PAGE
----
Bare minimums were code. A secluded sandbottomed lagoon wrestling with beauty offered itself for skinny dipping and the daily summer bath. Loneliness was sometimes a factor at Lofton Creek, alone as I was, caring for the unflappable birds and tending the fields of manure-fertile raw vegetable goodness I planted. Youthful polarity provided the future with great purpose as I craved to learn the ways of the intellectual, the saint, the poet, the madman whom the world, Jew or Gentile, could not force its indistinguishable patterns onto without the consent of the governed, daring to transcend each and every stone cast upon the pond, walking the walk, talking the talk, bending and bowing to the rays of the constant light within. Ah, such is the reverie of an uncouth youth seeking to belong to himself.

Landlord and his wife, the Earl Wilson's, who lived in their National Register Tabby home ten miles away in town, would occasionally bring out a mess of rockshrimp and a feast of the few would be promptly called. Fellowship, tangency, and the delicate prospering of a solitary man’s vital era ranked among the finest times I have ever achieved and was common to each visit and each conversation we shared, a genteel but unaffected mutual regard very much like our own. Earl Wilson, who later passed away of a heart attack at the tragic age of 55, had in truth and in spirit, become my second personal mentor. The second elder in whom I would be able to listen to or confide in without some sort of spiritual grudge match fostering my intelligence. Of course this is aside from what I would continue to scan heavily from books and other media accounts. My fifteen months at Lofton Creek were a gentle canvas of leisure, painted with a measuring schtick spoiled only by a natural intolerance to any perceived decline or stagnation. Was I not being groomed by the All-Purposeful Lord for great things, greater things than this? Like Elisha, I wanted more.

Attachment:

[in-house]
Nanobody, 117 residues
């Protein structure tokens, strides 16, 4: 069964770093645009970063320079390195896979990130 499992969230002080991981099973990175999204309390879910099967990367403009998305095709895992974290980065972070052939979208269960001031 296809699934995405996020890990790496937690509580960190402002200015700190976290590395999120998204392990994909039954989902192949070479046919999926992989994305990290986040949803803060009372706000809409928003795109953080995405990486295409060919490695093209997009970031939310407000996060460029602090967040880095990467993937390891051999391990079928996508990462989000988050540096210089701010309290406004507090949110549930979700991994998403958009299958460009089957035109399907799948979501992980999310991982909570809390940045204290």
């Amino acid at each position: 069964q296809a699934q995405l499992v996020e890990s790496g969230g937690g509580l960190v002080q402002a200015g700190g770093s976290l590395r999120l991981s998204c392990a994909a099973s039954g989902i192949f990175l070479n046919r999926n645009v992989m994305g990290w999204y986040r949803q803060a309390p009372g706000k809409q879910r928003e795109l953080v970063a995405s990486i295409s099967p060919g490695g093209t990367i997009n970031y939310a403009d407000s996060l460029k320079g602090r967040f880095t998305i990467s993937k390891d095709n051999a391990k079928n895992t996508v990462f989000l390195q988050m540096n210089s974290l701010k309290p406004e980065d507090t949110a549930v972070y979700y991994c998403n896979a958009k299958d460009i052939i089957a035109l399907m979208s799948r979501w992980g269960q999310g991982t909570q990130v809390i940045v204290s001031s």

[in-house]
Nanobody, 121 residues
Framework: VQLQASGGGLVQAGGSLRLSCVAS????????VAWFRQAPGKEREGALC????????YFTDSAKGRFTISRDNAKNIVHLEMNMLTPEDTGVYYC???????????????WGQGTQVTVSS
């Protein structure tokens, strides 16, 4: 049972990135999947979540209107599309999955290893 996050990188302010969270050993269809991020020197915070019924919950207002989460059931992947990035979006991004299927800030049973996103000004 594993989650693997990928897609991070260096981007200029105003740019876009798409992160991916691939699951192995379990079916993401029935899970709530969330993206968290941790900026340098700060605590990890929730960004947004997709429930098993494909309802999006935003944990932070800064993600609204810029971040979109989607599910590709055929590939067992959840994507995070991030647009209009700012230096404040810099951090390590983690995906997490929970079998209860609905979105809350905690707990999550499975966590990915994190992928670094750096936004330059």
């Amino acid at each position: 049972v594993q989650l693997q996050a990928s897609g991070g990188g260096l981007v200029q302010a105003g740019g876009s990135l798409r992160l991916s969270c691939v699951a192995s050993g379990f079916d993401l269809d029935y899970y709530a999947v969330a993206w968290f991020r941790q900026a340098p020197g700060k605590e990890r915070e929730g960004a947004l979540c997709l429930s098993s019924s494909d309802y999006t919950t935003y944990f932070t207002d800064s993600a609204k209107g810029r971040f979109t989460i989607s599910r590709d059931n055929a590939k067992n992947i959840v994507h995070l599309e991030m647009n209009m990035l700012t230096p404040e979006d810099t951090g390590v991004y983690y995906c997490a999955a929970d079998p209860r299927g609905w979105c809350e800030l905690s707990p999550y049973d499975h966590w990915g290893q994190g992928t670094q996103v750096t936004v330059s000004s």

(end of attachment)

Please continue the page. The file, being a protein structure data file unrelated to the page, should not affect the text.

Soon enough though, an unchecked overwhelming sense of urgency pervaded my serenity. I spent afternoon and evening reading book after book checked out from the library in the town from which I had graduated highschool, six years earlier, the town where the landlord and his wife lived. The urgency of succeeding somewhere somehow sometime soon in a way that matched what I believed where my strong points, kept me at odds with the seclusion of my near perfect pastoral lifestyle. Regrettably, little has changed in that regard even now. Studies among the exegeses of Tolstoy, Schweitzer, Pascal, St. Augustine, Van Gogh, Cayce, Goethe, Tillich, Gibran, Pascal, Rousseau, Paine, Durant, and other biblical and ethical commentators filled my head with all too many strange transfixing questions and all too few answers, presaging an addiction to the printed word which still haunts me.